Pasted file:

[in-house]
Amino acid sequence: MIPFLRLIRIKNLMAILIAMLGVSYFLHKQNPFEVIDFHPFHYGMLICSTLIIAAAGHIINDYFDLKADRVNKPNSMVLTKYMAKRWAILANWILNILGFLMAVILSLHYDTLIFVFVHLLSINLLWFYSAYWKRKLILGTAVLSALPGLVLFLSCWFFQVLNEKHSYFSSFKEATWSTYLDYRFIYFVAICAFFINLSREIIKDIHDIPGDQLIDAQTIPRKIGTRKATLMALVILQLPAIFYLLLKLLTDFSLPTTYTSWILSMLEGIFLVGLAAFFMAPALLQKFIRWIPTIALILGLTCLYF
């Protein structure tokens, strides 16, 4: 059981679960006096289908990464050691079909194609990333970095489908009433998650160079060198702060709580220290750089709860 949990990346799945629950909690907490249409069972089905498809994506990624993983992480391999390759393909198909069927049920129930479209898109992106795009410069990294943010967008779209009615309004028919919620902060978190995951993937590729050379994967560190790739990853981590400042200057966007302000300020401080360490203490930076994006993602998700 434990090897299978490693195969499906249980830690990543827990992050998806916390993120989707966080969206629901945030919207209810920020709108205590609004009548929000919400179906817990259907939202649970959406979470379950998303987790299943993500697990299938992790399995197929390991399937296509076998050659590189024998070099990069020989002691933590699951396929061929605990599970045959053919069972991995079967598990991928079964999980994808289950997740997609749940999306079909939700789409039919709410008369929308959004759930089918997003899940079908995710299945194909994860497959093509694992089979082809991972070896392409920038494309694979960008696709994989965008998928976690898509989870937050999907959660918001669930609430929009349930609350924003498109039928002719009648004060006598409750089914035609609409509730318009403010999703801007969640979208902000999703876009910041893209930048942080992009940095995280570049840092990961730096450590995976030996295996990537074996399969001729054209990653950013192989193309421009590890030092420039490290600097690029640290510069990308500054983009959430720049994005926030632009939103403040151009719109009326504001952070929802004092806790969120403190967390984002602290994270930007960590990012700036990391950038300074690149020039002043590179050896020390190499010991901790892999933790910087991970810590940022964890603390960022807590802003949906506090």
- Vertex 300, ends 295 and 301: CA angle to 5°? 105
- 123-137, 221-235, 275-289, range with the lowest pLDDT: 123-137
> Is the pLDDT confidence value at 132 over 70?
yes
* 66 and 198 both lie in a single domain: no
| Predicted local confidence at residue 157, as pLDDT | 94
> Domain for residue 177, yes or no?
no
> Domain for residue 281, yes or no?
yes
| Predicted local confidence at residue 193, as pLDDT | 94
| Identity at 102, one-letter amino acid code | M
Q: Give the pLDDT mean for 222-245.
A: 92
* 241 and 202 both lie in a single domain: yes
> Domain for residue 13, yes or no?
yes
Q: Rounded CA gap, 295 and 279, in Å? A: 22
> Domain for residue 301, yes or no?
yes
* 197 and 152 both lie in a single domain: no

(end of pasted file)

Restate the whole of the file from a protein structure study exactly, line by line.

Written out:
[in-house]
Amino acid sequence: MIPFLRLIRIKNLMAILIAMLGVSYFLHKQNPFEVIDFHPFHYGMLICSTLIIAAAGHIINDYFDLKADRVNKPNSMVLTKYMAKRWAILANWILNILGFLMAVILSLHYDTLIFVFVHLLSINLLWFYSAYWKRKLILGTAVLSALPGLVLFLSCWFFQVLNEKHSYFSSFKEATWSTYLDYRFIYFVAICAFFINLSREIIKDIHDIPGDQLIDAQTIPRKIGTRKATLMALVILQLPAIFYLLLKLLTDFSLPTTYTSWILSMLEGIFLVGLAAFFMAPALLQKFIRWIPTIALILGLTCLYF
């Protein structure tokens, strides 16, 4: 059981679960006096289908990464050691079909194609990333970095489908009433998650160079060198702060709580220290750089709860 949990990346799945629950909690907490249409069972089905498809994506990624993983992480391999390759393909198909069927049920129930479209898109992106795009410069990294943010967008779209009615309004028919919620902060978190995951993937590729050379994967560190790739990853981590400042200057966007302000300020401080360490203490930076994006993602998700 434990090897299978490693195969499906249980830690990543827990992050998806916390993120989707966080969206629901945030919207209810920020709108205590609004009548929000919400179906817990259907939202649970959406979470379950998303987790299943993500697990299938992790399995197929390991399937296509076998050659590189024998070099990069020989002691933590699951396929061929605990599970045959053919069972991995079967598990991928079964999980994808289950997740997609749940999306079909939700789409039919709410008369929308959004759930089918997003899940079908995710299945194909994860497959093509694992089979082809991972070896392409920038494309694979960008696709994989965008998928976690898509989870937050999907959660918001669930609430929009349930609350924003498109039928002719009648004060006598409750089914035609609409509730318009403010999703801007969640979208902000999703876009910041893209930048942080992009940095995280570049840092990961730096450590995976030996295996990537074996399969001729054209990653950013192989193309421009590890030092420039490290600097690029640290510069990308500054983009959430720049994005926030632009939103403040151009719109009326504001952070929802004092806790969120403190967390984002602290994270930007960590990012700036990391950038300074690149020039002043590179050896020390190499010991901790892999933790910087991970810590940022964890603390960022807590802003949906506090």
- Vertex 300, ends 295 and 301: CA angle to 5°? 105
- 123-137, 221-235, 275-289, range with the lowest pLDDT: 123-137
> Is the pLDDT confidence value at 132 over 70?
yes
* 66 and 198 both lie in a single domain: no
| Predicted local confidence at residue 157, as pLDDT | 94
> Domain for residue 177, yes or no?
no
> Domain for residue 281, yes or no?
yes
| Predicted local confidence at residue 193, as pLDDT | 94
| Identity at 102, one-letter amino acid code | M
Q: Give the pLDDT mean for 222-245.
A: 92
* 241 and 202 both lie in a single domain: yes
> Domain for residue 13, yes or no?
yes
Q: Rounded CA gap, 295 and 279, in Å? A: 22
> Domain for residue 301, yes or no?
yes
* 197 and 152 both lie in a single domain: no